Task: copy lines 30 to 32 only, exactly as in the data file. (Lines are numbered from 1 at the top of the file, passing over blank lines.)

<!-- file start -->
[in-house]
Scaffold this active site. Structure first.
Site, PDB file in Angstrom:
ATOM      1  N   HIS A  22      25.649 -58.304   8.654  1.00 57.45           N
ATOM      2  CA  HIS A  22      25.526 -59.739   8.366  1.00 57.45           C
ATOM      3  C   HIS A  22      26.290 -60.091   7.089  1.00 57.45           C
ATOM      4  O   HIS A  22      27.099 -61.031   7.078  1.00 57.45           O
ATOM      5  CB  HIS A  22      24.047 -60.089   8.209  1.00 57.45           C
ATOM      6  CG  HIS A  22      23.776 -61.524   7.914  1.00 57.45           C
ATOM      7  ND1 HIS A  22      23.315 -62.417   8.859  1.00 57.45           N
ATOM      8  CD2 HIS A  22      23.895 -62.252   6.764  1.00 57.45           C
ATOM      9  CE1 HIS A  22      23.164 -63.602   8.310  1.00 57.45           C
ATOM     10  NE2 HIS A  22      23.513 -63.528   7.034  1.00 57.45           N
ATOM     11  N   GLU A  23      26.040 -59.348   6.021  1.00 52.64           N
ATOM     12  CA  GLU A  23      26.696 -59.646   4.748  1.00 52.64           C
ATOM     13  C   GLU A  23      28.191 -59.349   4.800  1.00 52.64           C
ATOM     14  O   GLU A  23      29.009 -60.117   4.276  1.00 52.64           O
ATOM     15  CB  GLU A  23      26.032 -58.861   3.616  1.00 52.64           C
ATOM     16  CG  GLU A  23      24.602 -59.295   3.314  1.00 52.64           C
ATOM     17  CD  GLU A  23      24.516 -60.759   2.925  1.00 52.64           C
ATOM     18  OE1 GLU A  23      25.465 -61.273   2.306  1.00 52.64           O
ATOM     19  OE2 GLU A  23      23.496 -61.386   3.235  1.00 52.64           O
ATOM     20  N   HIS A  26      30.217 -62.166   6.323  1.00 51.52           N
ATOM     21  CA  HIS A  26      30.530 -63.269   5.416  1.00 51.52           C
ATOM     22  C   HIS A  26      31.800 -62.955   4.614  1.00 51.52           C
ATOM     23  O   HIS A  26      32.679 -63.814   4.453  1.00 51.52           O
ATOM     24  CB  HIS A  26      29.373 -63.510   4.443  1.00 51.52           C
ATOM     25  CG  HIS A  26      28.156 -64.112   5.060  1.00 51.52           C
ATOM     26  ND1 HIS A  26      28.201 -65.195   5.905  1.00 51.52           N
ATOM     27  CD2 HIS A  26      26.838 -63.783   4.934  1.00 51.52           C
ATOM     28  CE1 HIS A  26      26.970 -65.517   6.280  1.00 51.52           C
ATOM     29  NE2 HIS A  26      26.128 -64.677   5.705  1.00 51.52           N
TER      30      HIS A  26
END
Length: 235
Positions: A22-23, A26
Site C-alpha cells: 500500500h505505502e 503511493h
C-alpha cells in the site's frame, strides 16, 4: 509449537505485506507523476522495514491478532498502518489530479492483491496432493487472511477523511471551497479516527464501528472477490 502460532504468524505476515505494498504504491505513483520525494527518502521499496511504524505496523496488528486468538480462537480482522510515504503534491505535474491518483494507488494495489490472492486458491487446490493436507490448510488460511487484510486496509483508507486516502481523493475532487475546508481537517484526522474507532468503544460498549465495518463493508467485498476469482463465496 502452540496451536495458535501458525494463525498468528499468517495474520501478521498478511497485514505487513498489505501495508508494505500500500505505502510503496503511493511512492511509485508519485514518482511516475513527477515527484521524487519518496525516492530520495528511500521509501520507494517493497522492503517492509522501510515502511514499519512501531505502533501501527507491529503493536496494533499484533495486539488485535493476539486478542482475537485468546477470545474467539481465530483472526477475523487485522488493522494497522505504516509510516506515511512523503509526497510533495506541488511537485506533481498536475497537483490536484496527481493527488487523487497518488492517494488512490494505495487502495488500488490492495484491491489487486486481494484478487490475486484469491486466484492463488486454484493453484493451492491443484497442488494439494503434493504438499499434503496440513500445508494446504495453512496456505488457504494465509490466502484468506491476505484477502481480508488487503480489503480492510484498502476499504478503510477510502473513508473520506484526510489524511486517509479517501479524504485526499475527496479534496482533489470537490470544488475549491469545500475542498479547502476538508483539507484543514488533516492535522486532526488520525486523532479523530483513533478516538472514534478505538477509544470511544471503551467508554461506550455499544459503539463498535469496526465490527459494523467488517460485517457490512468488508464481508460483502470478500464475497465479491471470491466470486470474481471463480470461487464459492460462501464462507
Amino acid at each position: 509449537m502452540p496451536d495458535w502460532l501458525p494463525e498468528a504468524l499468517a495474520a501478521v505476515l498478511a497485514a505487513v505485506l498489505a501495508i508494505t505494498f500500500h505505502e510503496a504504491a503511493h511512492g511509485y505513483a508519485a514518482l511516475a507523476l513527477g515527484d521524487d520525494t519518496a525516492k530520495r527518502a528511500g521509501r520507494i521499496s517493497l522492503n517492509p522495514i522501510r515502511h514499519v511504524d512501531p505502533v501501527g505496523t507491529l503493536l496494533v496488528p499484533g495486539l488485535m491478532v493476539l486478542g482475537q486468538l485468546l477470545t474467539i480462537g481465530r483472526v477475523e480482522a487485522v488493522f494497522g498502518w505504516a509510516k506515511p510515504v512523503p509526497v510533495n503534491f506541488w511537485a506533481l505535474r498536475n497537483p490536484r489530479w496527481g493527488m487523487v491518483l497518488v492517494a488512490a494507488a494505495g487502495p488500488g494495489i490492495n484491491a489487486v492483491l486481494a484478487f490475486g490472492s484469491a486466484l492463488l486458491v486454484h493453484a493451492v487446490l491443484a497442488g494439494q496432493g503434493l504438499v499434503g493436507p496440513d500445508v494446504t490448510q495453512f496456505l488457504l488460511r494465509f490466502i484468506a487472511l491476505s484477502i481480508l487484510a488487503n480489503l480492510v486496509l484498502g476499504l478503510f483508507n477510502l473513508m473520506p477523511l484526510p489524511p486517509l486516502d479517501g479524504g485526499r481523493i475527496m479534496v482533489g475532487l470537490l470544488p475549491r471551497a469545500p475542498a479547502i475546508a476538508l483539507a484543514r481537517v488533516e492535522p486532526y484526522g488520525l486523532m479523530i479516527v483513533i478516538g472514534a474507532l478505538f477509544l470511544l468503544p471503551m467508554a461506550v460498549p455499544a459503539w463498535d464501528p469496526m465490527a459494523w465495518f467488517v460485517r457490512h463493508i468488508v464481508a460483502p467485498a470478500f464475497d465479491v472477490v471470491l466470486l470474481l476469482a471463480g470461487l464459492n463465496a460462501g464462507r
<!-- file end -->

ATOM     27  CD2 HIS A  26      26.838 -63.783   4.934  1.00 51.52           C
ATOM     28  CE1 HIS A  26      26.970 -65.517   6.280  1.00 51.52           C
ATOM     29  NE2 HIS A  26      26.128 -64.677   5.705  1.00 51.52           N